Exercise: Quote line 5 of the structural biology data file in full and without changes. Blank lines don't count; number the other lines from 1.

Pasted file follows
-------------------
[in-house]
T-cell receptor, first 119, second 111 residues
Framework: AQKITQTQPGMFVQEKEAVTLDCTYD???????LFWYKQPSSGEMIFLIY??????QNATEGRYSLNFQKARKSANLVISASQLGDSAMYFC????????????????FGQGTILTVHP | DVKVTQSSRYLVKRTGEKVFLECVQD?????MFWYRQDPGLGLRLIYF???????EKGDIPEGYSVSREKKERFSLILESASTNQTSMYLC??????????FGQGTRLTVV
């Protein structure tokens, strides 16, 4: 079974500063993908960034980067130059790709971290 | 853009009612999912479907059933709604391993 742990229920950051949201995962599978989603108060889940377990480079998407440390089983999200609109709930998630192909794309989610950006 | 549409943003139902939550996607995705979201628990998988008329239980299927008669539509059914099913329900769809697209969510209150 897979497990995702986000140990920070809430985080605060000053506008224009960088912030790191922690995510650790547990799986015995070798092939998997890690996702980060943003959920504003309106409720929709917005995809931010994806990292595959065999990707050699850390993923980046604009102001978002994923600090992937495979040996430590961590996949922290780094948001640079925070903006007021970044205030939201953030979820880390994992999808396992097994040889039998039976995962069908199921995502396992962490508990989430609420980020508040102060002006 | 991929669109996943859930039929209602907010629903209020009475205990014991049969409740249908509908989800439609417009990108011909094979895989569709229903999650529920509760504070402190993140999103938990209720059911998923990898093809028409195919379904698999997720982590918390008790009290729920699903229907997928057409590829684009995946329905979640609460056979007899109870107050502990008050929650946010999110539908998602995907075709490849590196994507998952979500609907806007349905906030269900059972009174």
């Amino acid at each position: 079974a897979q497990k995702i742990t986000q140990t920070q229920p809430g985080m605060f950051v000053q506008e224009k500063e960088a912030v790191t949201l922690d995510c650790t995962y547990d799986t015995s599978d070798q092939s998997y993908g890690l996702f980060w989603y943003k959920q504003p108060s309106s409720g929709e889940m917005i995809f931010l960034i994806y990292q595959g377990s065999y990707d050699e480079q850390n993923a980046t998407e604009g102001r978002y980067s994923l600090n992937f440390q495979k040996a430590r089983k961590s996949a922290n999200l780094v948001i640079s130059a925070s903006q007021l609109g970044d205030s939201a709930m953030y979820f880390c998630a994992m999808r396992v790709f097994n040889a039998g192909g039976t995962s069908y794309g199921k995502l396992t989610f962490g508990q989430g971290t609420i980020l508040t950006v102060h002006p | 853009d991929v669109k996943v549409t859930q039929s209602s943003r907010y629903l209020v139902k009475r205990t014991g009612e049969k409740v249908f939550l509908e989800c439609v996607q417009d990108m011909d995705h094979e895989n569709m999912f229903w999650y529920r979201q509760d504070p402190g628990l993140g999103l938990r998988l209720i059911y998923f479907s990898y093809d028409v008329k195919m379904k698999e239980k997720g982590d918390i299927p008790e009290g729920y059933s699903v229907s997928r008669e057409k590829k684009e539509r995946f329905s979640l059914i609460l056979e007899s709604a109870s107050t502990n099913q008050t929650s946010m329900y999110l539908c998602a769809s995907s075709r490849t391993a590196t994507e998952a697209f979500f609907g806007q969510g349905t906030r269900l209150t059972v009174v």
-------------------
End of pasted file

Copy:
């Amino acid at each position: 079974a897979q497990k995702i742990t986000q140990t920070q229920p809430g985080m605060f950051v000053q506008e224009k500063e960088a912030v790191t949201l922690d995510c650790t995962y547990d799986t015995s599978d070798q092939s998997y993908g890690l996702f980060w989603y943003k959920q504003p108060s309106s409720g929709e889940m917005i995809f931010l960034i994806y990292q595959g377990s065999y990707d050699e480079q850390n993923a980046t998407e604009g102001r978002y980067s994923l600090n992937f440390q495979k040996a430590r089983k961590s996949a922290n999200l780094v948001i640079s130059a925070s903006q007021l609109g970044d205030s939201a709930m953030y979820f880390c998630a994992m999808r396992v790709f097994n040889a039998g192909g039976t995962s069908y794309g199921k995502l396992t989610f962490g508990q989430g971290t609420i980020l508040t950006v102060h002006p | 853009d991929v669109k996943v549409t859930q039929s209602s943003r907010y629903l209020v139902k009475r205990t014991g009612e049969k409740v249908f939550l509908e989800c439609v996607q417009d990108m011909d995705h094979e895989n569709m999912f229903w999650y529920r979201q509760d504070p402190g628990l993140g999103l938990r998988l209720i059911y998923f479907s990898y093809d028409v008329k195919m379904k698999e239980k997720g982590d918390i299927p008790e009290g729920y059933s699903v229907s997928r008669e057409k590829k684009e539509r995946f329905s979640l059914i609460l056979e007899s709604a109870s107050t502990n099913q008050t929650s946010m329900y999110l539908c998602a769809s995907s075709r490849t391993a590196t994507e998952a697209f979500f609907g806007q969510g349905t906030r269900l209150t059972v009174v």